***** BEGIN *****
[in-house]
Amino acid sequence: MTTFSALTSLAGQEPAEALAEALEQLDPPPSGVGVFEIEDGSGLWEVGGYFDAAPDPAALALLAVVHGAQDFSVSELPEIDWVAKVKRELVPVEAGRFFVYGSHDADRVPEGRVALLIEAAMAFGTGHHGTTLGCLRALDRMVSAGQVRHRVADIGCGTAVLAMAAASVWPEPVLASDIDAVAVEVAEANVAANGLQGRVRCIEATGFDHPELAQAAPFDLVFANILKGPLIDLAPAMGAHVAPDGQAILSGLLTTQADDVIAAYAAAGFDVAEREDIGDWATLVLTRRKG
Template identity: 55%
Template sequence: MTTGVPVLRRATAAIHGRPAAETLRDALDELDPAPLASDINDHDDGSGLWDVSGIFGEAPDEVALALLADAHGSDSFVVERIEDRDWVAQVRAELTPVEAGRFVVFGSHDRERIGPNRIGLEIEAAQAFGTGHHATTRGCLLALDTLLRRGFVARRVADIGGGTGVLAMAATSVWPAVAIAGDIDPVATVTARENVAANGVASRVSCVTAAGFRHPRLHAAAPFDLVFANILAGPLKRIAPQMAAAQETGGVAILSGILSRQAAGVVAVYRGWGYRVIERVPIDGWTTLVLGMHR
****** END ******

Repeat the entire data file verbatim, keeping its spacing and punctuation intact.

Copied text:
[in-house]
Amino acid sequence: MTTFSALTSLAGQEPAEALAEALEQLDPPPSGVGVFEIEDGSGLWEVGGYFDAAPDPAALALLAVVHGAQDFSVSELPEIDWVAKVKRELVPVEAGRFFVYGSHDADRVPEGRVALLIEAAMAFGTGHHGTTLGCLRALDRMVSAGQVRHRVADIGCGTAVLAMAAASVWPEPVLASDIDAVAVEVAEANVAANGLQGRVRCIEATGFDHPELAQAAPFDLVFANILKGPLIDLAPAMGAHVAPDGQAILSGLLTTQADDVIAAYAAAGFDVAEREDIGDWATLVLTRRKG
Template identity: 55%
Template sequence: MTTGVPVLRRATAAIHGRPAAETLRDALDELDPAPLASDINDHDDGSGLWDVSGIFGEAPDEVALALLADAHGSDSFVVERIEDRDWVAQVRAELTPVEAGRFVVFGSHDRERIGPNRIGLEIEAAQAFGTGHHATTRGCLLALDTLLRRGFVARRVADIGGGTGVLAMAATSVWPAVAIAGDIDPVATVTARENVAANGVASRVSCVTAAGFRHPRLHAAAPFDLVFANILAGPLKRIAPQMAAAQETGGVAILSGILSRQAAGVVAVYRGWGYRVIERVPIDGWTTLVLGMHR